cAMP-dependent protein kinase is essential for hypoxia-mediated epithelial-mesenchymal transition, migration, and invasion in lung cancer cells
Ibe, Joyce Christina F.
Raj, J. Usha
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Lung cancer is the leading cause of cancer-related death worldwide. Hypoxia is known to increase cancer cell migration and invasion. We have previously reported that hypoxia induces epithelial-mesenchymal transition (EMT) in lung cancer cells. However, it is unknown whether hypoxia promotes lung cancer cell migration and invasion via EMT and whether cyclic AMP (cAMP) dependent protein kinase (PKA) plays a role in this process. We found that hypoxia increased PKA activity and induced mRNA and protein expression of PKA catalytic subunit α (PKACA), and regulatory subunits R1A and R1B. Knockdown of HIF-1/2α prevented hypoxia-mediated induction of PKACA mRNA expression and PKA activity. Inhibition of PKA activity with chemical inhibitors prevented EMT induced by hypoxia and tumor growth factor β1. However, activation of PKA by forskolin and 8-Br-cAMP did not induce EMT. Furthermore, treatment with H89 and knockdown of PKACA prevented hypoxia-mediated, EMT, cell migration, and invasion, whereas overexpression of mouse PKACA rescued hypoxia-mediated migration and invasion in PKACA deficient cancer cells. Our results suggest that hypoxia enhances PKA activity by upregulating PKA gene expression in a HIF dependent mechanism and that PKA plays a key role in hypoxia-mediated EMT, migration, and invasion in lung cancer cells.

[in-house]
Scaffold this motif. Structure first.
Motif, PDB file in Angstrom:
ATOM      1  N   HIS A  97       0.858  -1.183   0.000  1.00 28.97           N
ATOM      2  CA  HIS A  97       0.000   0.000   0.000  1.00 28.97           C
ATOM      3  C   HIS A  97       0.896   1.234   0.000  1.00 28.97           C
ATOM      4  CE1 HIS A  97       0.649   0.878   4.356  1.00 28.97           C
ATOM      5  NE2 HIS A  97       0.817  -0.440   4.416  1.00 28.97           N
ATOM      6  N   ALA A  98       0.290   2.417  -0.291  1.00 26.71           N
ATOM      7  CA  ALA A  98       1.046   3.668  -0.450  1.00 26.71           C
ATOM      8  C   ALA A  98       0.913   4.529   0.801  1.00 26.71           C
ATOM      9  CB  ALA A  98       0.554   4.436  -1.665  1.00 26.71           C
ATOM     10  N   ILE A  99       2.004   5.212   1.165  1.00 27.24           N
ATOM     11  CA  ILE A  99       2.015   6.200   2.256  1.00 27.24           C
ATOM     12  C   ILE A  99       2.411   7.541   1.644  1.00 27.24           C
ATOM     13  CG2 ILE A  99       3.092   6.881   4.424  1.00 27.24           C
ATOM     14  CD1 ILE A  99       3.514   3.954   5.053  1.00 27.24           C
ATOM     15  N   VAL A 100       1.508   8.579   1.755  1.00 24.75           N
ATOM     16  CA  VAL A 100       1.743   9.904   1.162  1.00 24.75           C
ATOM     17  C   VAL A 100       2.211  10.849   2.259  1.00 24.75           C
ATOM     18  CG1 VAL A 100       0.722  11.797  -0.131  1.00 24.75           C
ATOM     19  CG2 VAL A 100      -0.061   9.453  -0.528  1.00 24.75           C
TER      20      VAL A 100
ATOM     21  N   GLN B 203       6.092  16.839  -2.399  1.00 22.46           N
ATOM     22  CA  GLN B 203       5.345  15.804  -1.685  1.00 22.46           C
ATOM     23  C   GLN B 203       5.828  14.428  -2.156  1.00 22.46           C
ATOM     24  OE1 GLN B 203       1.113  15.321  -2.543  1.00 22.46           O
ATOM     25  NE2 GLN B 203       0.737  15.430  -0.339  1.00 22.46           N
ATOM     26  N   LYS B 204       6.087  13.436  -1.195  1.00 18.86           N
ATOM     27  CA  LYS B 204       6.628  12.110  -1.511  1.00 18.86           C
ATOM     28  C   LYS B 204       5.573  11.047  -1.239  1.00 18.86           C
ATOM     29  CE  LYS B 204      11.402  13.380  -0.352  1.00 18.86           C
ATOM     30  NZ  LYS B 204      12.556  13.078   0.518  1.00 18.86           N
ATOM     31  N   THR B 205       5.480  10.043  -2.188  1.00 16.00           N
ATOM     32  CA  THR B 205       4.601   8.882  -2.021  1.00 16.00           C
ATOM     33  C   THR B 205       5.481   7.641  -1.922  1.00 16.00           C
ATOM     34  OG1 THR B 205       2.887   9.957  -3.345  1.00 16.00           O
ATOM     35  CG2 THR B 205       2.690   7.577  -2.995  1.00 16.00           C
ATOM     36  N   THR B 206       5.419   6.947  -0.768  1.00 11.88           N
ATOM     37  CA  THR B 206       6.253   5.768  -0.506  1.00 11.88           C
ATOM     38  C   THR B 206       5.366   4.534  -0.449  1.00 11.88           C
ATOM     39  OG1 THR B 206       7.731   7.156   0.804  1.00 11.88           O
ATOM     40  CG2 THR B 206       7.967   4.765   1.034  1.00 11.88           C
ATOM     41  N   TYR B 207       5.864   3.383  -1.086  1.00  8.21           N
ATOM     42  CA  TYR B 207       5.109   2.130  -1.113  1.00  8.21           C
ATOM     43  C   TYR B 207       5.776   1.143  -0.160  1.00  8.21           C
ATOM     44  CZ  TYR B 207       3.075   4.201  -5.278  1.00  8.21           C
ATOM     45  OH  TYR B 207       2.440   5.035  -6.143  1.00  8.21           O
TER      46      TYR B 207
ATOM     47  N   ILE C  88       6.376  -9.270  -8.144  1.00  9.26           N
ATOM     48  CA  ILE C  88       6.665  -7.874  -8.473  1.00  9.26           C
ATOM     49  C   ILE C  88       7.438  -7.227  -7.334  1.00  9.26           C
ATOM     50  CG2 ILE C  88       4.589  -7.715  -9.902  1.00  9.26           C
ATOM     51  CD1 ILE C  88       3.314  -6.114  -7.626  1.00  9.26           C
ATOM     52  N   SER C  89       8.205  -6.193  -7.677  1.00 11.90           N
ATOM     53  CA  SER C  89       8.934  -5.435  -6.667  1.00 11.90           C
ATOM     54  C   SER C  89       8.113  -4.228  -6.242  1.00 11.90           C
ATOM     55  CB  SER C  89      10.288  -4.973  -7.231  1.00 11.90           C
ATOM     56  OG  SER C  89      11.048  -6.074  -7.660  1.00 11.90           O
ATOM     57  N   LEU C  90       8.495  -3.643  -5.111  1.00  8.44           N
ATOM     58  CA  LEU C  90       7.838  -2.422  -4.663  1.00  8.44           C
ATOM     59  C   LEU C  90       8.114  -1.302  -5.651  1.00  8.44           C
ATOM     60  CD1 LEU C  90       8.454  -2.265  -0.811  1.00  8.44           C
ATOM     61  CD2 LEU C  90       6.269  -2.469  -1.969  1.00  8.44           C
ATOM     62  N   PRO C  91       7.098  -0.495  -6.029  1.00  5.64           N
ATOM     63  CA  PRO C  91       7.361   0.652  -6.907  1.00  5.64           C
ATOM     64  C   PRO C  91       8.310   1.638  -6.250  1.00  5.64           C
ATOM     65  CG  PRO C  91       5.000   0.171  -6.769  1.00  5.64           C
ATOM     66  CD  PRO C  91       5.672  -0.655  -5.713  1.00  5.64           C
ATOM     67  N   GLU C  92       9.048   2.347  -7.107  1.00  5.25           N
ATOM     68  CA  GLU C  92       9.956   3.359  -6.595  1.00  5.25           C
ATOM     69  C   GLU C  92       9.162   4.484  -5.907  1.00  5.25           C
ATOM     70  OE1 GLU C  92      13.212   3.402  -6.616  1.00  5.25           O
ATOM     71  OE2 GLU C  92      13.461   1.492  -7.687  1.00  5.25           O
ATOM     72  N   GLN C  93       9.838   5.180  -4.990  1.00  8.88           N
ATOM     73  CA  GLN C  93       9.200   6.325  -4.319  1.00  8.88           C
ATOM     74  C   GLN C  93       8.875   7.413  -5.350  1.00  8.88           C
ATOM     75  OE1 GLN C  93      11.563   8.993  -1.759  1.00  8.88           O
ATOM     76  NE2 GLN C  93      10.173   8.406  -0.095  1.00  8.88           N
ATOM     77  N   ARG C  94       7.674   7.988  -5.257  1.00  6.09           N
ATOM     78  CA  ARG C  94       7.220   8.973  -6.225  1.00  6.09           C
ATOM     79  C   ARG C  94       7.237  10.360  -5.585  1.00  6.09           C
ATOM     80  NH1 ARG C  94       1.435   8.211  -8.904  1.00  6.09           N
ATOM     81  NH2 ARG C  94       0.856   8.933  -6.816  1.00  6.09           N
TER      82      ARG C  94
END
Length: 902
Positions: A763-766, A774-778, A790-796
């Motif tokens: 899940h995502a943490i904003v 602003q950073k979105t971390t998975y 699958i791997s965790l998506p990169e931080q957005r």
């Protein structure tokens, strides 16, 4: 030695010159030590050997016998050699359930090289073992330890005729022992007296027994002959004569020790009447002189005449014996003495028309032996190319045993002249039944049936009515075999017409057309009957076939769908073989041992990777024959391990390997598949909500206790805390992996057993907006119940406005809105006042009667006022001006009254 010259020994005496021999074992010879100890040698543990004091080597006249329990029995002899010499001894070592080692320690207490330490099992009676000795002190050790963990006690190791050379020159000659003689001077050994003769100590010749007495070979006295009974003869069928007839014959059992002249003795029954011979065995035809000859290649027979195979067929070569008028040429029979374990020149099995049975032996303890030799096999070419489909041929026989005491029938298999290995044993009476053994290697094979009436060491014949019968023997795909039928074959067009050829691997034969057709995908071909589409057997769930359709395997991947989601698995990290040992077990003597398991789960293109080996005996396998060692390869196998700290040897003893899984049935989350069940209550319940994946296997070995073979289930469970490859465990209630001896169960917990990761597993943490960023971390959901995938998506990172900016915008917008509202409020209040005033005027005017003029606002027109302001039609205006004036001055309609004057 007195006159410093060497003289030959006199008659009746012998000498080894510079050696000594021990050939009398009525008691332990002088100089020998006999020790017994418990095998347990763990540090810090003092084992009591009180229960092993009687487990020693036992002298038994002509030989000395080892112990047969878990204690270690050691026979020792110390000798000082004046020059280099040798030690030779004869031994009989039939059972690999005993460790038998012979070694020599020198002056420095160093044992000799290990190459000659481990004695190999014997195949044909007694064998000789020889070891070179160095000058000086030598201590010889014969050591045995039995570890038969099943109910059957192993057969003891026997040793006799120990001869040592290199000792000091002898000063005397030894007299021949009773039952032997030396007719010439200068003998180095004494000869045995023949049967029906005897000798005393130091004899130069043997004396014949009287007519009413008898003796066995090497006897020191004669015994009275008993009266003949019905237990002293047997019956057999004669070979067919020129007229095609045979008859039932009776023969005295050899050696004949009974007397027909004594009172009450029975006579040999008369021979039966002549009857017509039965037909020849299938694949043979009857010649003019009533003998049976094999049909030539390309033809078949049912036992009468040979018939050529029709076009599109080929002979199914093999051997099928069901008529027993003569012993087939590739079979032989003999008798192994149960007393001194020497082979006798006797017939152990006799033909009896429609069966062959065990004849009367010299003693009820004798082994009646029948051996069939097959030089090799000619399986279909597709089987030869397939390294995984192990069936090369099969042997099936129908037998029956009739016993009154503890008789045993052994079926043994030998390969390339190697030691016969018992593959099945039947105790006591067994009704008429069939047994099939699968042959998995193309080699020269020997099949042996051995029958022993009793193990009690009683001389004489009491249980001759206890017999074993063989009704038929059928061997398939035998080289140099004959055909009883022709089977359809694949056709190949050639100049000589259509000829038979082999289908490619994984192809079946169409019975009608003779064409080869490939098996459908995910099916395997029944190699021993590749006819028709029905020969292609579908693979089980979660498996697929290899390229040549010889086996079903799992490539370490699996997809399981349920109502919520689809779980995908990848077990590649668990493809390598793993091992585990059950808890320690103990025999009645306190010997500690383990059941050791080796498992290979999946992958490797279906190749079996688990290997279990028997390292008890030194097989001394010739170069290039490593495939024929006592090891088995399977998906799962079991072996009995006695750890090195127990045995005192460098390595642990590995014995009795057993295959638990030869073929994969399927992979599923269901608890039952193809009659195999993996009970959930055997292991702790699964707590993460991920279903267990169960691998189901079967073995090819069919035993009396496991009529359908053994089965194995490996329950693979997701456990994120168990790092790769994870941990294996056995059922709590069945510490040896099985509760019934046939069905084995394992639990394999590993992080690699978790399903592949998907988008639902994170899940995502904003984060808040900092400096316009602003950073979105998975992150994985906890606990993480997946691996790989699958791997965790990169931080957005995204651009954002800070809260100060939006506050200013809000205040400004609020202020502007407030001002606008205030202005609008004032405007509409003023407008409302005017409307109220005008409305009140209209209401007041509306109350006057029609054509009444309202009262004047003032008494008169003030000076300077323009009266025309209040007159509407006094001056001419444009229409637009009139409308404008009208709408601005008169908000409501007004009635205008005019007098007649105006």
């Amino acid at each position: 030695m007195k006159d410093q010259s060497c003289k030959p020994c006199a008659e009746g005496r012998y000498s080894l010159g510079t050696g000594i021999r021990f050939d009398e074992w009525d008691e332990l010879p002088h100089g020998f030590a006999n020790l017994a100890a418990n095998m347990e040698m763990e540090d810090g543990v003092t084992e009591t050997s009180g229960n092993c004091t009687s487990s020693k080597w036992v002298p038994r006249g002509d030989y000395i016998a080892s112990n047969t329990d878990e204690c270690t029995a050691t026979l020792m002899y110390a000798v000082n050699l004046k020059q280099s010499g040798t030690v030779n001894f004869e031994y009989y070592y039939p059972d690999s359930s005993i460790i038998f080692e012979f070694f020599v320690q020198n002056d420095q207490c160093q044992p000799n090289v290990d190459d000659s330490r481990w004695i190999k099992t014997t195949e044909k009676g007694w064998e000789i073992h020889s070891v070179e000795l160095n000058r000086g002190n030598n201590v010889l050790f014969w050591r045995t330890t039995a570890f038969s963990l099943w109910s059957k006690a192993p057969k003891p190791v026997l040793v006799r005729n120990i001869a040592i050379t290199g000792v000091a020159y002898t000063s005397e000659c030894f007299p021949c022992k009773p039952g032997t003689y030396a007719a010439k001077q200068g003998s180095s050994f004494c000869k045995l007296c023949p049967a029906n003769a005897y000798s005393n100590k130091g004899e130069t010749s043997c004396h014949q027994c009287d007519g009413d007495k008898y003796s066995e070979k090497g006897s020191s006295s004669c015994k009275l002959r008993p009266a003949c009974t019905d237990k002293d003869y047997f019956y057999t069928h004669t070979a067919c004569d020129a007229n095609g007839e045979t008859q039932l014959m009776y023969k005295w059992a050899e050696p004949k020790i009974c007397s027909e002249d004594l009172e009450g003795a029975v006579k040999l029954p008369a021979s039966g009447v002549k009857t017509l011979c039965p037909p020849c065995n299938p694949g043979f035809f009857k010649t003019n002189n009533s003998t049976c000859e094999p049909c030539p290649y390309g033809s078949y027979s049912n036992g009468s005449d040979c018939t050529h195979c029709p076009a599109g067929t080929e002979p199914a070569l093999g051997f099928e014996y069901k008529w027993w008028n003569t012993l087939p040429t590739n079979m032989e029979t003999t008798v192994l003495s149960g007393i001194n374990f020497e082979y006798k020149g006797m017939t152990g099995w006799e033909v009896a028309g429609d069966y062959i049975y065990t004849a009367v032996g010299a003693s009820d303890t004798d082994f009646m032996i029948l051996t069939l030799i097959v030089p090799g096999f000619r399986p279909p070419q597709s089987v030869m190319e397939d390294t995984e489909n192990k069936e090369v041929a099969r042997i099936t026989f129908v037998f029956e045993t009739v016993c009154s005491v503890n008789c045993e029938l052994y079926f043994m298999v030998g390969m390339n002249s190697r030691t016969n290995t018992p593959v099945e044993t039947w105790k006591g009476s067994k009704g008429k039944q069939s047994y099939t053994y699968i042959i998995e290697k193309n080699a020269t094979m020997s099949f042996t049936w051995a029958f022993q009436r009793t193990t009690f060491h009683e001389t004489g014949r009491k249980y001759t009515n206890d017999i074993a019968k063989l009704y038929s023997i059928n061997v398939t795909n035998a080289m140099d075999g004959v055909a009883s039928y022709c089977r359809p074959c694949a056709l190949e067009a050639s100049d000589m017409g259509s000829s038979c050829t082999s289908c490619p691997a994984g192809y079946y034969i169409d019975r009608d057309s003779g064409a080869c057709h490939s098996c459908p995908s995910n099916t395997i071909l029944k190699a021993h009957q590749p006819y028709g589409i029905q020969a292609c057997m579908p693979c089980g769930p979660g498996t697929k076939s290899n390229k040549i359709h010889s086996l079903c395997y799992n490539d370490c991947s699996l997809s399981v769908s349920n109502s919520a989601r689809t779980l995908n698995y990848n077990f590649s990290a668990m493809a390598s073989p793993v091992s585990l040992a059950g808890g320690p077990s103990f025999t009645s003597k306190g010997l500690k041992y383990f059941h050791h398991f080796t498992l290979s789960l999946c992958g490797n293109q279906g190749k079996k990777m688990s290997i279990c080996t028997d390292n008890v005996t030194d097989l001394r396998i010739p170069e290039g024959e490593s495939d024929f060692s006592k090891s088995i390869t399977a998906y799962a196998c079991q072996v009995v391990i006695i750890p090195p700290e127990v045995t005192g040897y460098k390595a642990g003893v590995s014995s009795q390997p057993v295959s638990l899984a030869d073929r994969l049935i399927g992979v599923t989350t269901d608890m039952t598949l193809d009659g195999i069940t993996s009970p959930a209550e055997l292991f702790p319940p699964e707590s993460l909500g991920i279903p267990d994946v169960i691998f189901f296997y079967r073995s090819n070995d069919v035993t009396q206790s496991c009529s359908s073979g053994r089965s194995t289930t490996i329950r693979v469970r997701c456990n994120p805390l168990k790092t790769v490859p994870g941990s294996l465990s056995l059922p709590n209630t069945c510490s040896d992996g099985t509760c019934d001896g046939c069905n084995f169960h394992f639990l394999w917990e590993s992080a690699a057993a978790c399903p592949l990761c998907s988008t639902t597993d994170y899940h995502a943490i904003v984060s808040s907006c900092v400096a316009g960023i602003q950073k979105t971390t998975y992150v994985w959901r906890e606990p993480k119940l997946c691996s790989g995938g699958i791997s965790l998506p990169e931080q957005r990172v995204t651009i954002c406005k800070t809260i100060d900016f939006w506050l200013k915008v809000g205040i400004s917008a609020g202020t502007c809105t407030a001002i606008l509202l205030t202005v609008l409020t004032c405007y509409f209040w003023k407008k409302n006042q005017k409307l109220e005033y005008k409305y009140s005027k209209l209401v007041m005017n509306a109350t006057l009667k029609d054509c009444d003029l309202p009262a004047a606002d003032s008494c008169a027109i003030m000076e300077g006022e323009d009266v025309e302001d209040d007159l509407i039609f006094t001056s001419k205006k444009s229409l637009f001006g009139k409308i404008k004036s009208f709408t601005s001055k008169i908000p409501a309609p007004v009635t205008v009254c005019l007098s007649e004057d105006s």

hypoxia inducible factor